NEW YORK (Reuters) - Naomi Osaka ended Victoria Azarenka’s dream run to claim her second U.S. Open title in three years with a 1-6 6-3 6-3 comeback win on Saturday which cemented her status as the sport’s leading light both on and off the court.
Unlike the 22-year-old Japanese’s first U.S. Open win in 2018 over Serena Williams, which was played in a frothing Arthur Ashe Stadium, Saturday’s drama unfolded in a strangely quiet arena as COVID-19 health and safety protocols prevented fans from entering the Billie Jean King National Tennis Center.
But the lack of buzz around the stands did not stop the two former world number ones from producing a dazzling display of shot making.
As Osaka walked off with a third Grand Slam title, Azarenka was denied a U.S. Open crown for a third time having also finished runner-up in 2012 and 2013.
Still it was a remarkable and unexpected run for the 31-year-old Belarusian, who reached her first major final in seven years.
It was the second time in two weeks Azarenka, twice a winner at the Australian Open, and Osaka had set up a final showdown. The pair had been set to meet in the Western and Southern Open final on Aug. 29 until Osaka withdrew due to a hamstring injury.
“I actually don’t want to play you in more finals,” Osaka told Azarenka with a smile during the victory ceremony.
“I didn’t really enjoy that.
“That was a really tough match for me.
“And yes, really inspiring for me because I used to watch you play here when I was younger so just to have the opportunity to play you is really great and I learned a lot.”
The presentation ceremony showed the precautions everyone has had to take during the COVID-19 era, with the two finalists having to pick up their respective prizes themselves from a table placed on court, while everyone stood socially distant for the obligatory photocall.
As she has done in every match over the past fortnight, Osaka appeared on court with her left thigh strapped and a facemask with the name of a Black American victim of police brutality or racial injustice.
For the final it was Tamir Rice, a 12-year-old boy shot by police in 2014 while playing with a toy gun in a playgound.
Osaka had already replaced Serena Williams as top earner and now has assumed the leadership mantle that goes with it.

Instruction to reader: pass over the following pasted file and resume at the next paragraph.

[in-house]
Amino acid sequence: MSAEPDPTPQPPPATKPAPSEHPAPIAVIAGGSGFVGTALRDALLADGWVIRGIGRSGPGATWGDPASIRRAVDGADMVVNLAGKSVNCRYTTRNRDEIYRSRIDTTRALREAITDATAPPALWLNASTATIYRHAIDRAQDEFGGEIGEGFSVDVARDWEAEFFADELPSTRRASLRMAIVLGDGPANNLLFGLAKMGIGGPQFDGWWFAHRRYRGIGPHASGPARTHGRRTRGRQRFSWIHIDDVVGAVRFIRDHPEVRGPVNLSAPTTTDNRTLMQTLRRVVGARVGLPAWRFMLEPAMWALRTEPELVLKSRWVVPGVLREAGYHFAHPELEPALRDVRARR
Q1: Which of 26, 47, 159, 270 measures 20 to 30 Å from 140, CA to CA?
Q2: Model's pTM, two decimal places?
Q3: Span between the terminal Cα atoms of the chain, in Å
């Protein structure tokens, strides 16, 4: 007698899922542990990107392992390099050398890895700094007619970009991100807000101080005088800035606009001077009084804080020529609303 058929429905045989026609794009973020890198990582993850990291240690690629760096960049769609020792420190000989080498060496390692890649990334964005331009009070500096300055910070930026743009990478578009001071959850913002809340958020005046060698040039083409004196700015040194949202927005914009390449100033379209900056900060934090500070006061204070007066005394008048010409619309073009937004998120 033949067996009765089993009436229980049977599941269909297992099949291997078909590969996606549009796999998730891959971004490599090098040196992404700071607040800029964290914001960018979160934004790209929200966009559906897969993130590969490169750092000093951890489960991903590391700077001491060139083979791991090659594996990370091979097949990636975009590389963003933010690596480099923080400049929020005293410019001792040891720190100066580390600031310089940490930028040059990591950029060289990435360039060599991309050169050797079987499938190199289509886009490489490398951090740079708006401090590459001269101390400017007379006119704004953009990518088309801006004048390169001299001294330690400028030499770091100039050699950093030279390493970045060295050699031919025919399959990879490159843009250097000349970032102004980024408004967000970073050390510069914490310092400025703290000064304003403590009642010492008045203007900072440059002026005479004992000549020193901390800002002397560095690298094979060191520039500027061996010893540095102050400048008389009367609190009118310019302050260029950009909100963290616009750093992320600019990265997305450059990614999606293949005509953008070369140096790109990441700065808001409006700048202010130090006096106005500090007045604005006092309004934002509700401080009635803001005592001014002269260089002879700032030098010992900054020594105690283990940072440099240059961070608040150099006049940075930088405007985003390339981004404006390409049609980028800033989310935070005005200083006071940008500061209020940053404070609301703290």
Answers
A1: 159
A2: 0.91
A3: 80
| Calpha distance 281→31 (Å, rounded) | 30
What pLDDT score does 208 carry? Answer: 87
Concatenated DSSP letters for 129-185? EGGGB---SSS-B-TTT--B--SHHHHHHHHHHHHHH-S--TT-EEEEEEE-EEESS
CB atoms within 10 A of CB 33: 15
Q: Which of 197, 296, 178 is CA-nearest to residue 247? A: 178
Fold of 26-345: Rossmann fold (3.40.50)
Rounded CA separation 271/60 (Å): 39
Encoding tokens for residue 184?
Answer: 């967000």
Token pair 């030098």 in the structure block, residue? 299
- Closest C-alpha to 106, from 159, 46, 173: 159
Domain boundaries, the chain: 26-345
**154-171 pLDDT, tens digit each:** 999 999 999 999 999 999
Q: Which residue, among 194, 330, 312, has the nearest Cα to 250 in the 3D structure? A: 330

With the United States rocked by unrest following the shooting of Jacob Blake, a Black man, just three weeks ago by police in Kenosha, Wisconsin, Osaka had withdrawn from her semi-final at the Western and Southern Open in protest.
The men’s and women’s tour responded by postponing all the matches that were due to take place on the day of the protest by 24 hours and persuaded Osaka to contest the rescheduled match.
By taking the stand, the 22-year-old activist had made her point.
Azarenka, who ended Serena Williams bid for a record equalling 24th Grand Slam title in the semi-finals, carried that momentum into the final with a near flawless first set.
One of top returners in the women’s game, an energized Azarenka broke the fourth seed to start the final and twice more in a lopsided opening set that took just 27 minutes.
If any spectators had been allowed in Arthur Ashe Stadium, they no doubt would have been left stunned by events as a rampaging Azarenka again broke Osaka at the first opportunity in the second to go 2-0 up.
But Osaka would not lose her composure.
After no aces in the opening set, Osaka, one of the game’s top servers, slowly began to find her mark in the second. She hammered down five aces while helping herself to three breaks on way to levelling the match.
In the third it was Osaka applying all the early pressure on an increasingly rattled Azarenka. She took charge with a break to nudge in front 3-1.
Azarenka would show her fighting spirit with a break to get back on serve at 3-4 but Osaka would not be denied, immediately breaking back and holding serve to seal victory.
It marked the first time since Arantxa Sanchez-Vicario in 1994 that a player had dropped the first set of the women’s final and fought back to win the title.
Writing by Steve Keating in Toronto, editing by Pritha Sarkar
Our Standards: The Thomson Reuters Trust Principles.